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Praising Such a Fun Age is child's play for the critics

The Week in Review

Kiley Reid's Such a Fun Age (Bloomsbury) has won over the reviewers, with the novel declared "the calling card of a virtuoso talent", "witty and subversive", and "a cracking debut". In the Times, Hattie Crisell wrote, "What a joy to find a debut novel so good that it leaves you looking forward to the rest of its author’s career," adding that Reid's portrait of the liberal middle class adds up to "a tantalisingly plotted tale about the way we live now: about white guilt and virtue-signalling, but also about the uneven dynamic between domestic staff and their employers". Sara Collins praised it as "a thrilling millennial spin on the 19th-century novel of manners" in the Guardian, while The Bookseller's Alice O'Keeffe described it as "sharply observed and well-crafted". Many reviewers compared Reid to Sally Rooney, though Collins concluded, "I had thought of ending this review by predicting that Reid may be the next Sally Rooney. But Such a Fun Age is so fresh and essential that I predict instead that next year we’ll be anxiously awaiting the next Kiley Reid."

Daniel Susskind's A World Without Work (Allen Lane) also earned its keep, with the Guardian's Dorian Lynskey praising Susskind's "relentlessly reasonable tone" and describing the title, on what will happen when AIs can do most human jobs, as "an explainer rather than a polemic". In the Financial Times, Rana Foroohar wrote, "Susskind makes a good case that technology is going to put Thomas Piketty’s views on steroids," while John Arlidge in the Sunday Times stated "his prescriptions for how society might well have to change to cope with the effects of vast un- and underemployment" are what makes A World Without Work "stand out".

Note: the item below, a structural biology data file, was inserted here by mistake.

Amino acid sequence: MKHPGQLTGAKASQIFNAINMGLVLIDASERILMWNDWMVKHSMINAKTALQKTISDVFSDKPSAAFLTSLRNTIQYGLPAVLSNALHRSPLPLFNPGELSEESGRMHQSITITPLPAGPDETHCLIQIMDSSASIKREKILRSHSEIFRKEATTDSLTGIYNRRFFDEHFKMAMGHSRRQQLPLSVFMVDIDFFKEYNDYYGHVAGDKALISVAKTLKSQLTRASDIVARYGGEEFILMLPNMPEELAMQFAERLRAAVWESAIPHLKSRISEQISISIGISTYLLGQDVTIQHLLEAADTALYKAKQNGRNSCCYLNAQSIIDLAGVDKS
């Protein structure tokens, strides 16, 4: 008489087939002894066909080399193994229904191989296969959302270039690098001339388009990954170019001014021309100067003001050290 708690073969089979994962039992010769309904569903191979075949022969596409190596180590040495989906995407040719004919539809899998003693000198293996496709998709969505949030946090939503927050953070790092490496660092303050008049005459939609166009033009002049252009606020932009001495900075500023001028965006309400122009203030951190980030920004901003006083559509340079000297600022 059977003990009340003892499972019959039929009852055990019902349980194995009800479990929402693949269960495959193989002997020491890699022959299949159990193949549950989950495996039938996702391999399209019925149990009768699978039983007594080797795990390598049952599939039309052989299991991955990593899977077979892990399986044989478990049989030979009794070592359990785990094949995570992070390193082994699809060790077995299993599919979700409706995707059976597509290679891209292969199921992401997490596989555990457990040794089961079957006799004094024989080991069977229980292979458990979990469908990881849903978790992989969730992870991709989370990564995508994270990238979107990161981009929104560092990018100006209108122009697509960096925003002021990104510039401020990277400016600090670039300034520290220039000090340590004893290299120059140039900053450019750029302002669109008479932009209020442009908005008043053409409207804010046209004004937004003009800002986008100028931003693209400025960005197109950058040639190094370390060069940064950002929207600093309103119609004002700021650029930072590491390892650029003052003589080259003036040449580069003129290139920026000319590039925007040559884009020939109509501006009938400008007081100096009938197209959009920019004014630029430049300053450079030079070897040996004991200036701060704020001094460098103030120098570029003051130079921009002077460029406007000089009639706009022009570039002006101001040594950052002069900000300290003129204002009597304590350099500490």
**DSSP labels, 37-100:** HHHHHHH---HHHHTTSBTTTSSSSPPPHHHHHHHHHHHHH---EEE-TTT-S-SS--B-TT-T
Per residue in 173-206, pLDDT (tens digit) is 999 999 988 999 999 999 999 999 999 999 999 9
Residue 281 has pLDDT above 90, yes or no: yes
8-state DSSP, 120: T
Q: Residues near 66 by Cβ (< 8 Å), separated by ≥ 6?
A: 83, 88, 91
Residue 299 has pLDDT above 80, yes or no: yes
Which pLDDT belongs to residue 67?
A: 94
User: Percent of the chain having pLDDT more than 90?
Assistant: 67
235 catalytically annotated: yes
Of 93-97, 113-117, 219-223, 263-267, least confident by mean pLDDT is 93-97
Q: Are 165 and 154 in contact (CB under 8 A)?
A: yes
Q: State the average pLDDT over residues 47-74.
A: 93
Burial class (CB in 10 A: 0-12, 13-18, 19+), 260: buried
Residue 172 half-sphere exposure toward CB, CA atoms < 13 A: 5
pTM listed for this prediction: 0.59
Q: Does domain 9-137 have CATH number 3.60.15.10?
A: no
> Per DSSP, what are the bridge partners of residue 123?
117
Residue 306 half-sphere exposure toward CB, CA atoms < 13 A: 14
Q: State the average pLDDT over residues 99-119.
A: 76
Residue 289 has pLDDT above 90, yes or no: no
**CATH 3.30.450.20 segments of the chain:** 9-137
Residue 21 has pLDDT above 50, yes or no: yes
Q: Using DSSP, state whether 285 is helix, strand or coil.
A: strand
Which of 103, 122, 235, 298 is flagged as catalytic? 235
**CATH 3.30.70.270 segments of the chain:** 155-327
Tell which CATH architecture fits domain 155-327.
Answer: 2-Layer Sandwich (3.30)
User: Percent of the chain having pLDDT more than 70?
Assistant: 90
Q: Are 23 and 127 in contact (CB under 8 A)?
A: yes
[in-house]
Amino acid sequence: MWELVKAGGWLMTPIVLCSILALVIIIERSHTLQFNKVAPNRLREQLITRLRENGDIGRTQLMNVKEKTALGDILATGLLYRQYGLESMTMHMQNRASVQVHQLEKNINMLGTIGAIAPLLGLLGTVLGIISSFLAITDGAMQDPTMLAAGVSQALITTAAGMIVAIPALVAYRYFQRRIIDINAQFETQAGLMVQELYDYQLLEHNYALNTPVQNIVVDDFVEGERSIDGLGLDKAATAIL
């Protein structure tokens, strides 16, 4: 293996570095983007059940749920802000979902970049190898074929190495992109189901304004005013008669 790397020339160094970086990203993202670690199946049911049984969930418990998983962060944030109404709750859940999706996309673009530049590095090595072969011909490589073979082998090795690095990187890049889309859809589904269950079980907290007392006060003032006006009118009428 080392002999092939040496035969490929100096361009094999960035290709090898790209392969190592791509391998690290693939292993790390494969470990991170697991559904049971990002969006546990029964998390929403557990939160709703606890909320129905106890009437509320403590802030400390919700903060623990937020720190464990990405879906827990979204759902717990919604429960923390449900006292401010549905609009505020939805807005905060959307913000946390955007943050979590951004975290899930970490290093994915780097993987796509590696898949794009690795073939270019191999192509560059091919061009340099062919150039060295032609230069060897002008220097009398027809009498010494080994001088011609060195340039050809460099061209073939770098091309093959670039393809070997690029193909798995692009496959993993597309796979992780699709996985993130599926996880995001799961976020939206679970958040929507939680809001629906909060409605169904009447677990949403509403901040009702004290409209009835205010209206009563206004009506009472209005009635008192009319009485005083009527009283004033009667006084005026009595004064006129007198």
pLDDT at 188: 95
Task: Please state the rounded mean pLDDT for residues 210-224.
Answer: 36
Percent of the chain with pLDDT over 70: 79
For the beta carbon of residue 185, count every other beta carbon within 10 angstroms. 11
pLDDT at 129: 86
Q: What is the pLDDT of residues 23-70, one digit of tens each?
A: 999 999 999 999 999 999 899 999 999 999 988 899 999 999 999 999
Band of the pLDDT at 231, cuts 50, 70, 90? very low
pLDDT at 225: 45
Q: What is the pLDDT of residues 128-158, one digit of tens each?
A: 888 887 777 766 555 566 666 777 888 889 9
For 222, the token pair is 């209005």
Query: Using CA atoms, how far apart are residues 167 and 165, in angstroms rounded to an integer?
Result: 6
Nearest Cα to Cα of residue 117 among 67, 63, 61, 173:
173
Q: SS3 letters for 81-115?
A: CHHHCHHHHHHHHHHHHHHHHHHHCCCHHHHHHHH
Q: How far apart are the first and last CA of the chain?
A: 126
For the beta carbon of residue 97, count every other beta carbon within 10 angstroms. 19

Francesca Wade's Square Haunting: Five Women, Freedom and London Between the Wars (Faber) battled to the top, following the lives of five remarkable women, including Virginia Woolf and Dorothy L Sayers, who once lived in Mecklenburgh Square in Bloomsbury. Johanna Thomas-Corr wrote in the Observer: "It has a lovely movement to it – a decadently pre-internet feel. It’s not just the period setting, it’s in the texture of Wade’s prose, which is careful and measured," and The Bookseller's Caroline Sanderson agreed, praising Wade for "beautifully evokes the emotional texture of their lives as she relates how each of these women sought a space where they could live, love and work independently". Margaret Drabble, writing in the New Statesman, once rented a flat in the area and enjoyed the "vividly evoked" setting, writing, "It is good to revisit [the local landmarks] and their eloquent ghosts."

Kiley Reid

4.19 out of 5

11 reviews

When Emira is apprehended at a supermarket for 'kidnapping' the white child she's actually babysitting, it sets off an explosive chain of events. Her employer Alix, a feminist blogger with a 'personal brand' and the best of intentions, resolves to make things right. But Emira herself is aimless, broke and wary of Alix's desire to help. When she meets someone from Alix's past, the two women find themselves on a crash course that will upend everything they think they know - about themselves, each other, and the messy dynamics of privilege.

Daniel Susskind

3.47 out of 5

7 reviews

Francesca Wade

4.05 out of 5

11 reviews

'I like this London life . In an era when women's freedoms were fast expanding, they each sought a space where they could live, love and - above all - work independently. H.